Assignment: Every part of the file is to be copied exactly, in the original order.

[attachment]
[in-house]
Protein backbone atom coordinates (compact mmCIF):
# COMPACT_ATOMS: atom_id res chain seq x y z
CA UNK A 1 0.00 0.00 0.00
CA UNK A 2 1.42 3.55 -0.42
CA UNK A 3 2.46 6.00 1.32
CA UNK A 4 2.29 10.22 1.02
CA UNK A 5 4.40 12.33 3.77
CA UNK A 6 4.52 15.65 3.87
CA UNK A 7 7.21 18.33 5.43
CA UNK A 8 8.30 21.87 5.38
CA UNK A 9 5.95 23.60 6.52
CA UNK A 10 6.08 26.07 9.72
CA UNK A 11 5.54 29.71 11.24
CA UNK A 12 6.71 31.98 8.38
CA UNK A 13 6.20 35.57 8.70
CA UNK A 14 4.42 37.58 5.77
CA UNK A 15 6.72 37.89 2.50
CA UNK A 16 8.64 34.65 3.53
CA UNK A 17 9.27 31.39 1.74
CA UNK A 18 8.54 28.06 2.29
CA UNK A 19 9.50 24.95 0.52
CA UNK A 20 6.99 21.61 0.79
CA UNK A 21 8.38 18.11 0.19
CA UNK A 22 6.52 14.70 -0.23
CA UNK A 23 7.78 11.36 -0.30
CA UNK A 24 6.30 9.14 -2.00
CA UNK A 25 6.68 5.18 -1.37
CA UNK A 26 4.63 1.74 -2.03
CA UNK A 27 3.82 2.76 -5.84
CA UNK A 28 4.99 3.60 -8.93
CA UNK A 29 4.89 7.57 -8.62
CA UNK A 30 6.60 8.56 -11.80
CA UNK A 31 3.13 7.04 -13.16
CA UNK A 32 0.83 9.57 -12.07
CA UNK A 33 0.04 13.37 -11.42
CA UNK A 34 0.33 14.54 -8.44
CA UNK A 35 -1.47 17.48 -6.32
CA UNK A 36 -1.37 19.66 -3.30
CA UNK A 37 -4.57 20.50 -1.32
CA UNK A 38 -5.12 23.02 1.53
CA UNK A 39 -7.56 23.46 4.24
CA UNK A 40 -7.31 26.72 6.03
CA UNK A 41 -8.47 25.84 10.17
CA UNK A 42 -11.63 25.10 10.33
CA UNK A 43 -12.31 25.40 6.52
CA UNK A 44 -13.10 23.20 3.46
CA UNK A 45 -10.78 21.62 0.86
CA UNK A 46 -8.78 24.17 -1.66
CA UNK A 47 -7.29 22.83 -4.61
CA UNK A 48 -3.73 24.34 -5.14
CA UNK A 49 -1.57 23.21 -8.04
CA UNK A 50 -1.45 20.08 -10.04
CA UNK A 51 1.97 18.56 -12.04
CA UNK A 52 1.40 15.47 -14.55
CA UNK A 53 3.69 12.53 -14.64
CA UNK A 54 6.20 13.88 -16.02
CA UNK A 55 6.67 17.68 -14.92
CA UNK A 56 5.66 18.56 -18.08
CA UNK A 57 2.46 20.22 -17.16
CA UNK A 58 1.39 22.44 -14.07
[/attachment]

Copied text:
[in-house]
Protein backbone atom coordinates (compact mmCIF):
# COMPACT_ATOMS: atom_id res chain seq x y z
CA UNK A 1 0.00 0.00 0.00
CA UNK A 2 1.42 3.55 -0.42
CA UNK A 3 2.46 6.00 1.32
CA UNK A 4 2.29 10.22 1.02
CA UNK A 5 4.40 12.33 3.77
CA UNK A 6 4.52 15.65 3.87
CA UNK A 7 7.21 18.33 5.43
CA UNK A 8 8.30 21.87 5.38
CA UNK A 9 5.95 23.60 6.52
CA UNK A 10 6.08 26.07 9.72
CA UNK A 11 5.54 29.71 11.24
CA UNK A 12 6.71 31.98 8.38
CA UNK A 13 6.20 35.57 8.70
CA UNK A 14 4.42 37.58 5.77
CA UNK A 15 6.72 37.89 2.50
CA UNK A 16 8.64 34.65 3.53
CA UNK A 17 9.27 31.39 1.74
CA UNK A 18 8.54 28.06 2.29
CA UNK A 19 9.50 24.95 0.52
CA UNK A 20 6.99 21.61 0.79
CA UNK A 21 8.38 18.11 0.19
CA UNK A 22 6.52 14.70 -0.23
CA UNK A 23 7.78 11.36 -0.30
CA UNK A 24 6.30 9.14 -2.00
CA UNK A 25 6.68 5.18 -1.37
CA UNK A 26 4.63 1.74 -2.03
CA UNK A 27 3.82 2.76 -5.84
CA UNK A 28 4.99 3.60 -8.93
CA UNK A 29 4.89 7.57 -8.62
CA UNK A 30 6.60 8.56 -11.80
CA UNK A 31 3.13 7.04 -13.16
CA UNK A 32 0.83 9.57 -12.07
CA UNK A 33 0.04 13.37 -11.42
CA UNK A 34 0.33 14.54 -8.44
CA UNK A 35 -1.47 17.48 -6.32
CA UNK A 36 -1.37 19.66 -3.30
CA UNK A 37 -4.57 20.50 -1.32
CA UNK A 38 -5.12 23.02 1.53
CA UNK A 39 -7.56 23.46 4.24
CA UNK A 40 -7.31 26.72 6.03
CA UNK A 41 -8.47 25.84 10.17
CA UNK A 42 -11.63 25.10 10.33
CA UNK A 43 -12.31 25.40 6.52
CA UNK A 44 -13.10 23.20 3.46
CA UNK A 45 -10.78 21.62 0.86
CA UNK A 46 -8.78 24.17 -1.66
CA UNK A 47 -7.29 22.83 -4.61
CA UNK A 48 -3.73 24.34 -5.14
CA UNK A 49 -1.57 23.21 -8.04
CA UNK A 50 -1.45 20.08 -10.04
CA UNK A 51 1.97 18.56 -12.04
CA UNK A 52 1.40 15.47 -14.55
CA UNK A 53 3.69 12.53 -14.64
CA UNK A 54 6.20 13.88 -16.02
CA UNK A 55 6.67 17.68 -14.92
CA UNK A 56 5.66 18.56 -18.08
CA UNK A 57 2.46 20.22 -17.16
CA UNK A 58 1.39 22.44 -14.07